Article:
Wednesday, July 11, 2012

Steamboat Springs, CO: Sheriff’s Office investigating apparent murder-suicide south of Steamboat

— Routt County Sheriff Garrett Wiggins confirmed Wednesday afternoon the identities of the deceased in an apparent murder-suicide as longtime Routt County residents Larry and Chris Appel.

Routt County Sheriff’s Office officials think Larry Appel shot his wife of 42 years before taking his own life at their rural Routt County home southwest of Steamboat Springs.

The bodies were found by family members Wednesday morning after Chris Appel did not show up to work.

“They were the greatest people in the world, and financial times just ate them up,” said Keith Appel, their 39-year-old son. “He just got put in a dark corner and didn’t see a way out.”

Keith Appel said he knew his parents had been dealing with some financial hardships but said there still were a lot of unanswered questions. Keith Appel said he thought his father “was just confused.”

Wiggins said that the investigation was ongoing and that it was not clear when the shootings occurred or what led Larry Appel to shoot his wife.

“Obviously, there was some sort of sadness in the family, but we’re not sure what at this point,” Wiggins said.

He said autopsies were going to be performed to determine whether drugs or alcohol might have been involved. The Sheriff’s Office was helped at the scene by an investigator and attorney from the Routt County District Attorney’s Office.

Chief Deputy District Attorney Rusty Prindle said it appeared there was no one else involved in the incident, so criminal charges were not likely.

Chris Appel was a nurse at Yampa Valley Medical Associates. She recently helped her grandson publish a book about Keith’s battle with alcoholism, a story that was featured in a March article in the Steamboat Today.

“My mom was a huge icon in this town,” Keith Appel said.

Keith said his father was retired and had worked in heating, ventilation and air conditioning.

There are many Appel relatives in the Routt County area. Larry and Chris Appel had four grandchildren. Keith Appel and his brother Mike Appel, 41, each have two children.

Keith Appel said his parents were Routt County natives and had lived at the ranch since 1993 after the 1,800-acre ranch was split among Larry Appel’s siblings.

The family attended the Steamboat Christian Center church, and Keith Appel asked for prayers from the community during a time that he described as very hard for the family.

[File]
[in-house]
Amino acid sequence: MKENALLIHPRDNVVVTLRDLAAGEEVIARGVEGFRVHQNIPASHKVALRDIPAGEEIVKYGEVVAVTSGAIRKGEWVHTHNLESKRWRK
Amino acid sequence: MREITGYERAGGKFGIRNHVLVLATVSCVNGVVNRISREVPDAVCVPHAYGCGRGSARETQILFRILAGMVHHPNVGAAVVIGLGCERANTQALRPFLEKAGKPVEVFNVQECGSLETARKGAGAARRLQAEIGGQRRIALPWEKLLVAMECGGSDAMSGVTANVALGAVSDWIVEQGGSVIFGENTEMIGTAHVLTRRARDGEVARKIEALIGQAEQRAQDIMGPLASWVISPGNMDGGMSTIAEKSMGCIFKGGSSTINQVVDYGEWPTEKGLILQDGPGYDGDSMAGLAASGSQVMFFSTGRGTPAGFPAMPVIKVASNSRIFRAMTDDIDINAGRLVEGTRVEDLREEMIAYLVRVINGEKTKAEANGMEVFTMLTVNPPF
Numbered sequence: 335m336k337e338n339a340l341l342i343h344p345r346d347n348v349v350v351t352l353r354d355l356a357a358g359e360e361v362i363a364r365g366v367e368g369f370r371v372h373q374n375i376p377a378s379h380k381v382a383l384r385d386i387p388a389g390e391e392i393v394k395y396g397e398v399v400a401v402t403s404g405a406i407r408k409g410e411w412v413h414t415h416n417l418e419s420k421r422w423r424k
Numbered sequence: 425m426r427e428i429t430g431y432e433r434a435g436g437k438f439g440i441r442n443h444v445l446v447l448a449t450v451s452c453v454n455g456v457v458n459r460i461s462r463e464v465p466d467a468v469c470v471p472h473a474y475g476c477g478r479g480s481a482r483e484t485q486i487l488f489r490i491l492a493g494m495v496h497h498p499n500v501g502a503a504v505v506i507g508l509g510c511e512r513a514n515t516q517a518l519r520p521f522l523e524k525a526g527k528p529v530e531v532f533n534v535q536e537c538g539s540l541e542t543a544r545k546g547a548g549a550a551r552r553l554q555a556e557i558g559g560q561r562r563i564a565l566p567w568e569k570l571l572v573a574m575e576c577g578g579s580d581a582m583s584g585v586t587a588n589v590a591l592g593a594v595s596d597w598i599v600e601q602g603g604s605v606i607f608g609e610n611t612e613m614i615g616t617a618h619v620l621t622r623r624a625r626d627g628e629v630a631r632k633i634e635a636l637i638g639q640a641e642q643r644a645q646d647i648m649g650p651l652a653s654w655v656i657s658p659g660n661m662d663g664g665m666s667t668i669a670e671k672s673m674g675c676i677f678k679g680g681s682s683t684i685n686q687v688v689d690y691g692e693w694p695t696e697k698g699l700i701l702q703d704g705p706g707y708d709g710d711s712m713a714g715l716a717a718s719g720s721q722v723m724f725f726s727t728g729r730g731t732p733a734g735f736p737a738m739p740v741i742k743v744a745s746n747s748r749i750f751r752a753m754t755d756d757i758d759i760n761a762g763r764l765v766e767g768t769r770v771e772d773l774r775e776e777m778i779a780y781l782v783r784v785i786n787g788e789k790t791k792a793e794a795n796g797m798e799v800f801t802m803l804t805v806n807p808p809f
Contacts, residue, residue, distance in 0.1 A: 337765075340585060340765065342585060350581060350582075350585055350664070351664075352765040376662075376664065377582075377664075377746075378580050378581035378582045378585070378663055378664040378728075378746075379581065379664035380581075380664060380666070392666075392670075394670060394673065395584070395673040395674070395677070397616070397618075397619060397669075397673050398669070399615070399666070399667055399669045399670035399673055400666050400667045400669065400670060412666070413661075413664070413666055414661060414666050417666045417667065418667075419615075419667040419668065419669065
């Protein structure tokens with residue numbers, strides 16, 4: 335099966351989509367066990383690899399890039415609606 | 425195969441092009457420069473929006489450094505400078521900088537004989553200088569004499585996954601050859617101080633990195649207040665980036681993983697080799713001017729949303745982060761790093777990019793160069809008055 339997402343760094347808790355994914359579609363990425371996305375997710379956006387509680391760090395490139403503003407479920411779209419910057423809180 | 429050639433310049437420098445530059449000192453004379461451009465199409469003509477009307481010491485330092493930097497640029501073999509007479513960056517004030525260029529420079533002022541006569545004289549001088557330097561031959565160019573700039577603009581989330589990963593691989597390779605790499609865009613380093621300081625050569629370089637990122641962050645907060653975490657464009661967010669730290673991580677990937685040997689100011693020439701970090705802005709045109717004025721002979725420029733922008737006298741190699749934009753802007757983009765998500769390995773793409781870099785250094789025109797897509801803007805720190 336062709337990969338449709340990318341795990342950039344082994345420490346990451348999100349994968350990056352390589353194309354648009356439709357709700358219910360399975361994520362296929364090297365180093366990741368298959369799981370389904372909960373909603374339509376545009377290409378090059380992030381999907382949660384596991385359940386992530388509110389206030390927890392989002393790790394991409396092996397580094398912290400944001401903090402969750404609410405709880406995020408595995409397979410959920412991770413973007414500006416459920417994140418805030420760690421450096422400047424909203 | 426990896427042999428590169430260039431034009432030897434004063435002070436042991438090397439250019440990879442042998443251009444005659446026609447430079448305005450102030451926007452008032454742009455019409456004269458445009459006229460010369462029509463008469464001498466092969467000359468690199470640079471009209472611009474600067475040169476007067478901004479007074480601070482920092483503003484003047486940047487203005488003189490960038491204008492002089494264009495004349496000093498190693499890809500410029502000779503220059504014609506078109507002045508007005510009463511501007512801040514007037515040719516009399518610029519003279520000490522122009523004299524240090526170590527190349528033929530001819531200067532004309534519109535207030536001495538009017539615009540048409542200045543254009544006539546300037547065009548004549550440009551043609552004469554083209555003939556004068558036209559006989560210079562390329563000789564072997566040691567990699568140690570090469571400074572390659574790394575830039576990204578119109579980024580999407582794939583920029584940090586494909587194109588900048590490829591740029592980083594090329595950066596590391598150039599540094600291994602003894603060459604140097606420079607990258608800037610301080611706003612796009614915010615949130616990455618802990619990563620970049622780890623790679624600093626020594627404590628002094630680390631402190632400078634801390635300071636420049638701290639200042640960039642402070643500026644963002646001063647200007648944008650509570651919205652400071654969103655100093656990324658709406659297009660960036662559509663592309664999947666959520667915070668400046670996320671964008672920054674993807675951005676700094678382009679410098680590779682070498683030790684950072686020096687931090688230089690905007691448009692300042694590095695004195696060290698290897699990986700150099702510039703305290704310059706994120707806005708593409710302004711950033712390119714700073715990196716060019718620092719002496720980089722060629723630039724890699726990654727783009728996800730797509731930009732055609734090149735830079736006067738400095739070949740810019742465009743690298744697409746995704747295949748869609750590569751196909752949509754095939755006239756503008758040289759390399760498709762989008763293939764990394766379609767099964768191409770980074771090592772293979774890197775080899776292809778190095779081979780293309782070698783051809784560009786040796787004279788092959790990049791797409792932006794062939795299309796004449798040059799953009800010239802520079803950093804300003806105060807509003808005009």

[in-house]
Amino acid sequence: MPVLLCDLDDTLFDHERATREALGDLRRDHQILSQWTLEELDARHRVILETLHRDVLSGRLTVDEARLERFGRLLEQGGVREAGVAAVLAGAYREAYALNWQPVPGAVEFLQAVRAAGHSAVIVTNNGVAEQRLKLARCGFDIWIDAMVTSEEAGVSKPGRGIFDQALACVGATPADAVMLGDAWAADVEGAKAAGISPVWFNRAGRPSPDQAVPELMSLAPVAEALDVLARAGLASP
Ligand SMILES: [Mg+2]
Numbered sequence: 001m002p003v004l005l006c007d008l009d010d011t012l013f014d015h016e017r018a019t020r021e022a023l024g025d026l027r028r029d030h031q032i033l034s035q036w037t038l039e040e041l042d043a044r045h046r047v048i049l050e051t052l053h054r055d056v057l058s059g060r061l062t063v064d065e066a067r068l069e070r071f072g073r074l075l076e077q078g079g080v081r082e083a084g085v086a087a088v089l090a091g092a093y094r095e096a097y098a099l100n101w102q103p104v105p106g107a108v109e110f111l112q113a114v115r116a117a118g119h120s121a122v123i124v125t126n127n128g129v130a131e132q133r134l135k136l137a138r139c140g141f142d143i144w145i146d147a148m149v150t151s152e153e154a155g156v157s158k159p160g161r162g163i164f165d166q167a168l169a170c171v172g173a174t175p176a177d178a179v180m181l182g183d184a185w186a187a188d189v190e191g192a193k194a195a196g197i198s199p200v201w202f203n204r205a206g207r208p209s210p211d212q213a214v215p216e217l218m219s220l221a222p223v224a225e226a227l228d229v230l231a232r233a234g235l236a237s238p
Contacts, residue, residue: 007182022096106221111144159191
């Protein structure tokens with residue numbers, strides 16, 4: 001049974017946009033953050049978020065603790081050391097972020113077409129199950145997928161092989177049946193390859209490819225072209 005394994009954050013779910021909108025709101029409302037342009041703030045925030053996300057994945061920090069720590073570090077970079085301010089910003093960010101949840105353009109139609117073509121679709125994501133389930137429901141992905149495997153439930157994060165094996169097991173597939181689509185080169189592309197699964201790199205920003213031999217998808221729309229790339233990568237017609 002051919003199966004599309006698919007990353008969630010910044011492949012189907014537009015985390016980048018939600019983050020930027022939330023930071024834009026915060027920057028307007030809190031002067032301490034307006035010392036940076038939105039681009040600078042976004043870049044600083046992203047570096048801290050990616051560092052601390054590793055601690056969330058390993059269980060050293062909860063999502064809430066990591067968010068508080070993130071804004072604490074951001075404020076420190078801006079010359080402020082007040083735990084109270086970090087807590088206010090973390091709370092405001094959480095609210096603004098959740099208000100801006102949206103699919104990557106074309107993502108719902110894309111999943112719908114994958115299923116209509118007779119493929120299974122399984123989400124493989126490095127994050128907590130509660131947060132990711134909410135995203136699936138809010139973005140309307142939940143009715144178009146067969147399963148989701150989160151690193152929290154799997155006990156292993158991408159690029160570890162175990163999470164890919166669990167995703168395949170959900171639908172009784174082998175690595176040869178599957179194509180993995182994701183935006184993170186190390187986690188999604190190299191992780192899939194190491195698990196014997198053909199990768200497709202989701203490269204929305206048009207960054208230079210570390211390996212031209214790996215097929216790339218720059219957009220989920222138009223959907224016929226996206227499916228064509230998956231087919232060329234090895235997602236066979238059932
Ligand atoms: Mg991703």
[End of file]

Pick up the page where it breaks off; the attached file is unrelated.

1 comment:

mel beggs said...

I am a domestic violence expert. The problem today is that there is no differentiation of terms to understand if an incident is true domestic violence or what society uses as an umbrella term "intimate partner violence." I am a victim witness advocate at a DA's office, I have run domestic violence groups, and have studied domestic violence for over 20 years. There is a difference between a random shooting and assault in a relationship versus actual intimate partner violence. Intimate partner violence/domestic violence is about a pattern of coercion and control generally over a matter of months or years. There is a difference between someone who assaults their intimate partner or kills them versus the person who sets the relationship up over a matter of time for an imbalance of power allowing for coercive control.
In regards to this family you are writing about; I knew them personally, I never heard about any sort of ongoing violence nor did I ever see anything to suggest coercive control. I don't know if this is a true domestic violence case and while alcoholism (which runs in this family) has many of the same attributes of emotional abuse as domestic violence, I never witnessed anything to indicate that this relationship even met this standard. I was closer with one of the boys of this couple and know that even drunk or high on different drugs he was one of the sweetest people I knew and didn't meet any standard for domestic violence. The bottom line is that while anything is possible, this death might have simply been a murder/suicide that might not fall under the guise of intimate partner violence/domestic violence.
You might not understand why it's important to distinguish between the two; however, psychologically it's very important as it's two different psyche's and indicates different needed methods to know how to deal with them (or if there is hope for a change in the perpetrators behavior) and it matters legally in terms of what sort of paper trail is needed and what sort of sentences are best.